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(Biography) ?360–?420 ad, British monk, who originated the body of doctrines known as Pelagianism and was condemned for heresy (417)


(pəˈleɪ dʒi əs)

a.d. 360?–420?, British monk and theologian who lived in Rome: teachings opposed by St. Augustine.
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Noun1.Pelagius - a British or Irish monk who denied the doctrines of original sin and predestination and defended human goodness and free will; his views were declared heretical by the Council of Ephesus in 431 (circa 360-418)
References in classic literature ?
You face the insinuations of the Pelagians and the demi- Peligians.
Unlike the Pelagians, he had a dim view of humanity's capacity to do the right thing when faced with the temptation to go off the rails; he actively defended the notion that we have an innate instinct to mess up the world and would have little faith in the power of positive thinking.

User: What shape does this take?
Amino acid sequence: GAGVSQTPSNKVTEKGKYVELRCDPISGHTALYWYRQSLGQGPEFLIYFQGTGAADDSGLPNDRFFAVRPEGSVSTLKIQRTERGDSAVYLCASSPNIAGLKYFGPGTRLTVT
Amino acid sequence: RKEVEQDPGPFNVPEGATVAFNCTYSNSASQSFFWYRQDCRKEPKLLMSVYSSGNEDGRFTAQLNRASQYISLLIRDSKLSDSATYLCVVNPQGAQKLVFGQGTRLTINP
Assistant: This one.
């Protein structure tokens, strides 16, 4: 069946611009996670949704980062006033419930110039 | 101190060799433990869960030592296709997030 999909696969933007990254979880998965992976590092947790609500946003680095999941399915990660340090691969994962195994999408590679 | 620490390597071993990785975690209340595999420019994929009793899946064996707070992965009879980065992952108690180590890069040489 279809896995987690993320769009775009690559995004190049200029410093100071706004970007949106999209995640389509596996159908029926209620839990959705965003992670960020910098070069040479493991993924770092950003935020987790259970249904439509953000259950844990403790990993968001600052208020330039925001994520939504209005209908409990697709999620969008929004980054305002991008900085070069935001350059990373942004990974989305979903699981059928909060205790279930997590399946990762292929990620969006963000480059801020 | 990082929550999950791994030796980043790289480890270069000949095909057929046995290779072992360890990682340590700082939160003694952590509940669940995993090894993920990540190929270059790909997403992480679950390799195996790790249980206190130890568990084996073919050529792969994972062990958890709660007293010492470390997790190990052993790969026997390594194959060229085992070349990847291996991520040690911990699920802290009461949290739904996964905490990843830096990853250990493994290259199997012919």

Anyone who has read the antipelagian works of Augustine has probably wondered whether the bishop actually preached to his congregation the sort of thing that he wrote in the heat of controversy with the Pelagians and so-called semipelagians.
At stake is Augustine's understanding of how human will relates to God's will in terms of Augustine's disagreement with Pelagians over salvation, but also what KartIkova calls the unacceptable implications of this controversy, including "double predestination, inherited guilt which deserves eternal punishment and its transmission through libidinous procreation".
Augustine of Hippo, scourge of Donatists and Pelagians, would have to say on this ecclesiological issue.
Augustine's writings against the Manichees and the Pelagians illustrate his theory.
Is grace the key to faith or were the Pelagians right to acquire faith through reason?
Hassel then concludes with a meaty paragraph covering the "freedom of the will in the moral process" citing Donne, Aquinas, Augustine, the Pelagians, the Manicheans, as well as six scholarly references that considered the "question of bondage of the will," the will "in the Catholic meditative tradition," and the "fallen reason" (389-91).
The Pelagians upheld nature and free will, contesting Augustine's discussion of the necessity of redemption and grace, as well as his emphasis on human fragility.
The new Pelagians saw humans as worthy to earn salvation, or, alternatively, to govern themselves.
Furthermore, in his treatment of the Pelagians, Hombert is not entirely fair.